If you plan to do a lot of birdwatching at dawn or dusk you’ll full benefit from this feature. You’ll find the Terra ED binoculars are even remarkably resistant to glare from nearby artificial lighting.
The Terra ED 40×42 is waterproof up to 100m bar. That’s because the internal structures of the Terra ED are hermetically sealed which makes them airtight. That means they can you can safely:
- splash with water
- wear in rain and snow
- submerge in water up to depths of 330ft (100m)
- swim in rivers or ocean
- go kayaking
- Wear on a boat to observe sea birds
Really with the Terra ED 10×42, you won’t need to worry about being caught in severe wet weather conditions or using them near streams, rivers, or oceans.
The external lenses of the Terra ED 10×42 have a hydrophobic LotuTec coating. This means any water droplets easily roll off the lens in wet weather so your view isn’t obscured.
Fog can be a nightmare for birdwatching, especially if there is sudden unexpected rainfall.
The Terra ED 10×42 is virtually fog proof. That’s because any air trapped inside is dry nitrogen purged. This keeps your binoculars free of any moisture or dust which passes through them.
Remember that this feature will prevent the internal lenses from fogging up. However, the external lenses will still fog if you move from a cold to a warm environment.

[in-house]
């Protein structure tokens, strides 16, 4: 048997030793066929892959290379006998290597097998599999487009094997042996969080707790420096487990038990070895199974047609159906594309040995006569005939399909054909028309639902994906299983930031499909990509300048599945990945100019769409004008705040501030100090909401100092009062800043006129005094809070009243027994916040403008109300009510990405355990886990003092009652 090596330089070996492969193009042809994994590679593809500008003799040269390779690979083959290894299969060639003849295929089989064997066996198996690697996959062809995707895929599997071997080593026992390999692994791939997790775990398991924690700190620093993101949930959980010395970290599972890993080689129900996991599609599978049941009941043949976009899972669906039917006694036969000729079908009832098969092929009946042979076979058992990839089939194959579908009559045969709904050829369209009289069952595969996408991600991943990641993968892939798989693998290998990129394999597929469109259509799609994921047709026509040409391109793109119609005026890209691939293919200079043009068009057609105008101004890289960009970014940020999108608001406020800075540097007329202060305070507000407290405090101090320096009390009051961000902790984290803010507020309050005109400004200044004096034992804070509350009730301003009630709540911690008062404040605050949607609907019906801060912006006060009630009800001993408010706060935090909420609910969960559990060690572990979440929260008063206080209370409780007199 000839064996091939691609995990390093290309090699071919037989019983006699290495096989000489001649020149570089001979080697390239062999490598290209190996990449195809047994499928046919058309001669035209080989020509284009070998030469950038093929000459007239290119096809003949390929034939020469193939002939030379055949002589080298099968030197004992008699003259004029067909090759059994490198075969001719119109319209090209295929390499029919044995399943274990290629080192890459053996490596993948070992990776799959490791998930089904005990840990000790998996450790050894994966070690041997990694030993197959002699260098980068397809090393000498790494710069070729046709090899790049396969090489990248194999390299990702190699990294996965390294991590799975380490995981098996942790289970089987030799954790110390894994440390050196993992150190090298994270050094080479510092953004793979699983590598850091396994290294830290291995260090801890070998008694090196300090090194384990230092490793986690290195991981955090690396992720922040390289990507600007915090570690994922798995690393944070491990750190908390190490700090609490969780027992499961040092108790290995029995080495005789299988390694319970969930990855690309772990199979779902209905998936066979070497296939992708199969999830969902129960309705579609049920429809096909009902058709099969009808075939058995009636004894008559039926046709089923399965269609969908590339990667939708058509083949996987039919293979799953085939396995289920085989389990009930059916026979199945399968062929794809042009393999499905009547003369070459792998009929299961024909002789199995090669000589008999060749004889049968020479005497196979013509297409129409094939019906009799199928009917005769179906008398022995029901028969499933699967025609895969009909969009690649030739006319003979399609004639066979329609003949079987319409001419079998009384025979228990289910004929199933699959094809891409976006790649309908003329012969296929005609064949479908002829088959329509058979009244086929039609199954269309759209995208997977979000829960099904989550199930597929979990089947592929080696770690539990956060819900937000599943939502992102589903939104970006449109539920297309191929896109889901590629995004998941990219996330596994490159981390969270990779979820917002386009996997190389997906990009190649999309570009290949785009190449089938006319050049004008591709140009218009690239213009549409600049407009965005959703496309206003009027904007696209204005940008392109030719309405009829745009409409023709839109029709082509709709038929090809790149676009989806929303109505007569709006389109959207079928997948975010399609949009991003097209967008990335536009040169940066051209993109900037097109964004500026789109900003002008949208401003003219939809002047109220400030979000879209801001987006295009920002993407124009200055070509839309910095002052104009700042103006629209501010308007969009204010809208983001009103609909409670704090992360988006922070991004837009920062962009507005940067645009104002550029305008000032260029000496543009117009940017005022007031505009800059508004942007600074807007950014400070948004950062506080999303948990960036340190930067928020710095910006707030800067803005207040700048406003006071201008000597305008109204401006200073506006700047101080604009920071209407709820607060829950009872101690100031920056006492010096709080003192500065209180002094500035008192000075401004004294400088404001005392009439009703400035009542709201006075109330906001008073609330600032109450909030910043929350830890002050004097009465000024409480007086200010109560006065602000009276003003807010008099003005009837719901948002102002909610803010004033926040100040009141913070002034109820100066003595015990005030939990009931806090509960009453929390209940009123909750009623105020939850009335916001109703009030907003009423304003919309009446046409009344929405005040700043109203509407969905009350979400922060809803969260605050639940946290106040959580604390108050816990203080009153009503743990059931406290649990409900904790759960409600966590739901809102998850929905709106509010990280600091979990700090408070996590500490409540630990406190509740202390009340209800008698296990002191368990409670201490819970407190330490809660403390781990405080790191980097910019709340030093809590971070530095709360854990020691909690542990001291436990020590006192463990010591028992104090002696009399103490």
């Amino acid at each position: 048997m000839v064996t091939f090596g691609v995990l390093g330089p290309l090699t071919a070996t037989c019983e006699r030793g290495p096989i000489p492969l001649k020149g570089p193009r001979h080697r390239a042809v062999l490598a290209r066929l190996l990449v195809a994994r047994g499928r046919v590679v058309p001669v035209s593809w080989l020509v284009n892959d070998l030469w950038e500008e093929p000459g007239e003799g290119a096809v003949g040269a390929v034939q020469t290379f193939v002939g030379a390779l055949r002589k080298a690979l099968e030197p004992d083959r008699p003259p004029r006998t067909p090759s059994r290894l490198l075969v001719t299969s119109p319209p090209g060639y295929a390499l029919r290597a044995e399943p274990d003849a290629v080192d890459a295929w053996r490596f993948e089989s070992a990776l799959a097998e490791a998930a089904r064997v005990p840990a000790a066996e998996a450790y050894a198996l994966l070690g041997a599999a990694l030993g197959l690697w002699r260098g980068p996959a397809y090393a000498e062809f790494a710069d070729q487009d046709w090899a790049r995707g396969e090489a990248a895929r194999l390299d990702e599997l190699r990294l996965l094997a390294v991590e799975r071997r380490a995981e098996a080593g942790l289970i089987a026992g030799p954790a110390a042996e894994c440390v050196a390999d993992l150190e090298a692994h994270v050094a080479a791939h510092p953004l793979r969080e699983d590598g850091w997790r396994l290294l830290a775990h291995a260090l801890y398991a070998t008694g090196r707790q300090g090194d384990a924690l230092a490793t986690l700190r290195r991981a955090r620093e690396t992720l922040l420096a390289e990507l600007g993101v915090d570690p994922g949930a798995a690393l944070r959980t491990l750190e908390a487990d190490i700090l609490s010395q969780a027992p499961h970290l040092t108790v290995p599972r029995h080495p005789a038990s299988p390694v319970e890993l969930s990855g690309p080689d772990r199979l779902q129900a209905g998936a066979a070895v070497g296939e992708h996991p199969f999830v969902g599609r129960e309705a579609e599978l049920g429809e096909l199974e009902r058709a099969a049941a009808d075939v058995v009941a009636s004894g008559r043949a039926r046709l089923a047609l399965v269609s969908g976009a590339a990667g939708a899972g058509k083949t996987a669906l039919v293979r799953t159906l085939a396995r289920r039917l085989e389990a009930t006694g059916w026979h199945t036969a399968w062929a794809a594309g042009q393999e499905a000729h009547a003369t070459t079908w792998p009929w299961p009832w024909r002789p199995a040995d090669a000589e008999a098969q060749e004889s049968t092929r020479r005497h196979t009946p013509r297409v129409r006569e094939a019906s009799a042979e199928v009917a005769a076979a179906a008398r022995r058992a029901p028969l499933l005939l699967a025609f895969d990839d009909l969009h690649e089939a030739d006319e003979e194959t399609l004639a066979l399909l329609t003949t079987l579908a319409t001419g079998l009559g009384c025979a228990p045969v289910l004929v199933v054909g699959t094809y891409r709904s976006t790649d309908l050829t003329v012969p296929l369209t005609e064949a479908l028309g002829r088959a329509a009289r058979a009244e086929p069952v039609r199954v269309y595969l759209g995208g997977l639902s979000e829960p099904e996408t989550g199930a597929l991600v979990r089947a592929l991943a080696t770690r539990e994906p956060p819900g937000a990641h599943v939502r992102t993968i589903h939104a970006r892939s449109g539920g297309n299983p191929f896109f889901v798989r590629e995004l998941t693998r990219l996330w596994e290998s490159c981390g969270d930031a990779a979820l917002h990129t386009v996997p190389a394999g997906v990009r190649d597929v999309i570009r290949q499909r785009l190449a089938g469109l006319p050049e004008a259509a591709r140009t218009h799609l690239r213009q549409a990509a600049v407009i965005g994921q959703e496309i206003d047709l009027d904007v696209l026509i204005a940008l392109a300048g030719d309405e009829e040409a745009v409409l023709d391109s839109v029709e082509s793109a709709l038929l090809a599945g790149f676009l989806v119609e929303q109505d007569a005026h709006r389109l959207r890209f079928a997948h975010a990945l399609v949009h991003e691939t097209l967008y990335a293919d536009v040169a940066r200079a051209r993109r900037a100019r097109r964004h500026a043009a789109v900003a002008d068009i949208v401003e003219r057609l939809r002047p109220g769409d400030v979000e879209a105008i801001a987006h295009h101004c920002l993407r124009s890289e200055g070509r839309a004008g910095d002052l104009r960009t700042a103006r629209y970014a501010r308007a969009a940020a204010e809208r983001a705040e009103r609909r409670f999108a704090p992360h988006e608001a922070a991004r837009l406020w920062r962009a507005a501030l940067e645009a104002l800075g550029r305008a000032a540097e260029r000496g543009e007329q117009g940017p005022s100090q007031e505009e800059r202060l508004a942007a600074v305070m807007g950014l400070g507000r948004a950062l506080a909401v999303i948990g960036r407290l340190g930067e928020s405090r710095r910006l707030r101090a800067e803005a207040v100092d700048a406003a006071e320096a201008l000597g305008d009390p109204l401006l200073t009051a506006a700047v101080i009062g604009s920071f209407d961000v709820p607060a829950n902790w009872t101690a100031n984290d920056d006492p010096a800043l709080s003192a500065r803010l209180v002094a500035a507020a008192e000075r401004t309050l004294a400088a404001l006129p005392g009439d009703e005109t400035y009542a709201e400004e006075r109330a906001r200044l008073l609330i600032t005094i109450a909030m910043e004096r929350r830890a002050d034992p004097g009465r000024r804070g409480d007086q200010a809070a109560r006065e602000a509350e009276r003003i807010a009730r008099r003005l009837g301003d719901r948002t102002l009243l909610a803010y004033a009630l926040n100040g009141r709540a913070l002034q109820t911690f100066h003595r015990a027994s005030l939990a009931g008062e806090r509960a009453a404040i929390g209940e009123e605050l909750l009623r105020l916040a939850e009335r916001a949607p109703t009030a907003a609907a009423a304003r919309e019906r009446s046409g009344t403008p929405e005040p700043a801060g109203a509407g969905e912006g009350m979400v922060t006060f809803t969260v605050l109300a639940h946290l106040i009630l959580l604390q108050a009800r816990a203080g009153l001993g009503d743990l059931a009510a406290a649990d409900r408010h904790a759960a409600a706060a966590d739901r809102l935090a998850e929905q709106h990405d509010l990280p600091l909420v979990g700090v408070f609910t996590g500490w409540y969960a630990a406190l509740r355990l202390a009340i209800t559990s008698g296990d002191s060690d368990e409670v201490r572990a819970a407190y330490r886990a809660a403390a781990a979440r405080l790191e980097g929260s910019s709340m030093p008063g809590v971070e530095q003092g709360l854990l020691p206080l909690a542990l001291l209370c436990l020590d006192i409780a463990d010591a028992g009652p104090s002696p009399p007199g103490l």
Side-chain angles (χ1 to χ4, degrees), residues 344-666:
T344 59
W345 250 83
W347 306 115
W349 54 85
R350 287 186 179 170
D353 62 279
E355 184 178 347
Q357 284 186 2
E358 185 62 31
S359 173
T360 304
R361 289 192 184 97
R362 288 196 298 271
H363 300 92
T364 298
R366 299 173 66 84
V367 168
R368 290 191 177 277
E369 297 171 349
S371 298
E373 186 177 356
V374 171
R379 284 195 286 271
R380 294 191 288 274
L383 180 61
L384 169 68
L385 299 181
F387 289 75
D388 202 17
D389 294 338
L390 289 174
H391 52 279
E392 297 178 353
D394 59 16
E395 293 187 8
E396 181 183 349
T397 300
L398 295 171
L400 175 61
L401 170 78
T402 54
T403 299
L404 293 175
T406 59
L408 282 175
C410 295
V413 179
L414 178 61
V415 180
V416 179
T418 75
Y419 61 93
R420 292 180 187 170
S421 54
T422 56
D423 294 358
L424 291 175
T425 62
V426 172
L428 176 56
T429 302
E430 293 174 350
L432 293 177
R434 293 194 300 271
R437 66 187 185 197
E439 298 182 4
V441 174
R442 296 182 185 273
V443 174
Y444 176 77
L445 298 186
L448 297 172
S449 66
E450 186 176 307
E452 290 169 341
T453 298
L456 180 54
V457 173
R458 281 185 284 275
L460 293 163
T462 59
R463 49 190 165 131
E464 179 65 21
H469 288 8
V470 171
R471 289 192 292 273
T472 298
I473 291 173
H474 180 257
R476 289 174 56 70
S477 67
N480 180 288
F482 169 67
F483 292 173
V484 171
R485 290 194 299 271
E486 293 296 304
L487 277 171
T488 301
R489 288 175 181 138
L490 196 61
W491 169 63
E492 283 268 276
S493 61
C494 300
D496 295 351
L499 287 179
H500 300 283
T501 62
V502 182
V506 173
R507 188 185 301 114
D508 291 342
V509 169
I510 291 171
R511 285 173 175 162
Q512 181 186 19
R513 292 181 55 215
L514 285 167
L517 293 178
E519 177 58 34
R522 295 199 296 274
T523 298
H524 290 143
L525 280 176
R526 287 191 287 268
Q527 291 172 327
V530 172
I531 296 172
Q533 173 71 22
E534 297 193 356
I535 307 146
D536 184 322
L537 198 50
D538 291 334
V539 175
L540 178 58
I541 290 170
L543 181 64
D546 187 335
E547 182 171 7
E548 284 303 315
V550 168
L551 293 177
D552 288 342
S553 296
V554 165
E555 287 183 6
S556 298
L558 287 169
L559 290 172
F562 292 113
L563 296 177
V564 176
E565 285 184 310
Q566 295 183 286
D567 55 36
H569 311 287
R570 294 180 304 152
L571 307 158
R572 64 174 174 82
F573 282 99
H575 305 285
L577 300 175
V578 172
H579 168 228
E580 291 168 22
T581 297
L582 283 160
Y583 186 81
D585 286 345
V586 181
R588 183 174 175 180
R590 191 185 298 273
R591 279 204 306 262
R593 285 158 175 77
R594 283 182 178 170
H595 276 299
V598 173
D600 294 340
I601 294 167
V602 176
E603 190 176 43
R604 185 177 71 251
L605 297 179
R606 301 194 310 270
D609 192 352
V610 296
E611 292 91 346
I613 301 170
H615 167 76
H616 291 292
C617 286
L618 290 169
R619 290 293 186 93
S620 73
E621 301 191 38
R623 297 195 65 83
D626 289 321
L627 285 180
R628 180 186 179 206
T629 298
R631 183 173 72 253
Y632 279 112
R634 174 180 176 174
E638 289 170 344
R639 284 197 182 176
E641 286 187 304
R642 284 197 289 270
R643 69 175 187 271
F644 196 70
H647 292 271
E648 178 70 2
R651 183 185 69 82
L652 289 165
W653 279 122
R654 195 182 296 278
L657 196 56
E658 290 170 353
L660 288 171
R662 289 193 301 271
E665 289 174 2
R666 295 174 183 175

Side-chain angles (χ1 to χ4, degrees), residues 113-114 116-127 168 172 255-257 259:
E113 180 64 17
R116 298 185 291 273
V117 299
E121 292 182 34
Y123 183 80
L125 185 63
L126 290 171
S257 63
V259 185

If you like to go birdwatching during seasonal extremes you’ll need binoculars that can withstand the weather.
The Terra ED 10×42 can withstand cold downs to 5°F(− 15°C) and heat up to 140°F (60°C ). That means these binocular work well during an average Canadian winter as well as a summer’s day in sub-Saharan Africa.
This makes the Terra ED 10×42 ideal for taking with you if you like to take birdwatching vacations.
The Terra ED 10x 42 retail for around $499.
If you find them for cheaper than this, snap them up because that’s a bargain.
The Terra ED 10×42 is a bit of a game-changer for binoculars. This model offers all the benefits of higher spec Zeiss binoculars without the hefty price tag.
It’s a great binocular to opt for if you’re looking to upgrade from another brand.
Of course, there are a few drawbacks including the cumbersome lens caps and the poor eye relief.
But really, the value for money with the Terra 10×42 is excellent. You certainly won’t regret investing in these binoculars for your birdwatching hobby.
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Terra ED 10×42 Review FAQ
Where are Zeiss Terra ED binoculars made?
The Zeiss ED 10x 42 are made in china.
But don’t let that send you into a panic that these binoculars are using cheap materials.